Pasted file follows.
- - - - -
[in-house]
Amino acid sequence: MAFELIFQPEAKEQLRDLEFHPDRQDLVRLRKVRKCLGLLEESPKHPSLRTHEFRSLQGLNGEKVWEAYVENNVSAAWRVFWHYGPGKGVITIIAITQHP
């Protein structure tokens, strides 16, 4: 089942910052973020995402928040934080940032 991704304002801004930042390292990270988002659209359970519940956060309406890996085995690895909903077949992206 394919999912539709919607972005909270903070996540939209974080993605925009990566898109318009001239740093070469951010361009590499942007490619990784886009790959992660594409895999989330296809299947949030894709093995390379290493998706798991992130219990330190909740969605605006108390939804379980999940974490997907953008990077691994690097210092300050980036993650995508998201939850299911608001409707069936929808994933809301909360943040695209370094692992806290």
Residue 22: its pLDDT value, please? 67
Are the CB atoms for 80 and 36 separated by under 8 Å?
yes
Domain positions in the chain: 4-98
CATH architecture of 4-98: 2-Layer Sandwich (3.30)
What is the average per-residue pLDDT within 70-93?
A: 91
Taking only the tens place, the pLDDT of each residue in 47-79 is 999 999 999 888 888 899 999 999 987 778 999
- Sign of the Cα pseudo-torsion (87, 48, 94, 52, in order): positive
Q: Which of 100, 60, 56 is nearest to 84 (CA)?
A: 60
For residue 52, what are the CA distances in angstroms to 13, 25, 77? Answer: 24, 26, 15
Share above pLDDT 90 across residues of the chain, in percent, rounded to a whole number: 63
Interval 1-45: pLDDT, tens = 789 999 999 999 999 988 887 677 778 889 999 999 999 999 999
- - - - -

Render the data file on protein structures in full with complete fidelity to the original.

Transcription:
[in-house]
Amino acid sequence: MAFELIFQPEAKEQLRDLEFHPDRQDLVRLRKVRKCLGLLEESPKHPSLRTHEFRSLQGLNGEKVWEAYVENNVSAAWRVFWHYGPGKGVITIIAITQHP
């Protein structure tokens, strides 16, 4: 089942910052973020995402928040934080940032 991704304002801004930042390292990270988002659209359970519940956060309406890996085995690895909903077949992206 394919999912539709919607972005909270903070996540939209974080993605925009990566898109318009001239740093070469951010361009590499942007490619990784886009790959992660594409895999989330296809299947949030894709093995390379290493998706798991992130219990330190909740969605605006108390939804379980999940974490997907953008990077691994690097210092300050980036993650995508998201939850299911608001409707069936929808994933809301909360943040695209370094692992806290």
Residue 22: its pLDDT value, please? 67
Are the CB atoms for 80 and 36 separated by under 8 Å?
yes
Domain positions in the chain: 4-98
CATH architecture of 4-98: 2-Layer Sandwich (3.30)
What is the average per-residue pLDDT within 70-93?
A: 91
Taking only the tens place, the pLDDT of each residue in 47-79 is 999 999 999 888 888 899 999 999 987 778 999
- Sign of the Cα pseudo-torsion (87, 48, 94, 52, in order): positive
Q: Which of 100, 60, 56 is nearest to 84 (CA)?
A: 60
For residue 52, what are the CA distances in angstroms to 13, 25, 77? Answer: 24, 26, 15
Share above pLDDT 90 across residues of the chain, in percent, rounded to a whole number: 63
Interval 1-45: pLDDT, tens = 789 999 999 999 999 988 887 677 778 889 999 999 999 999 999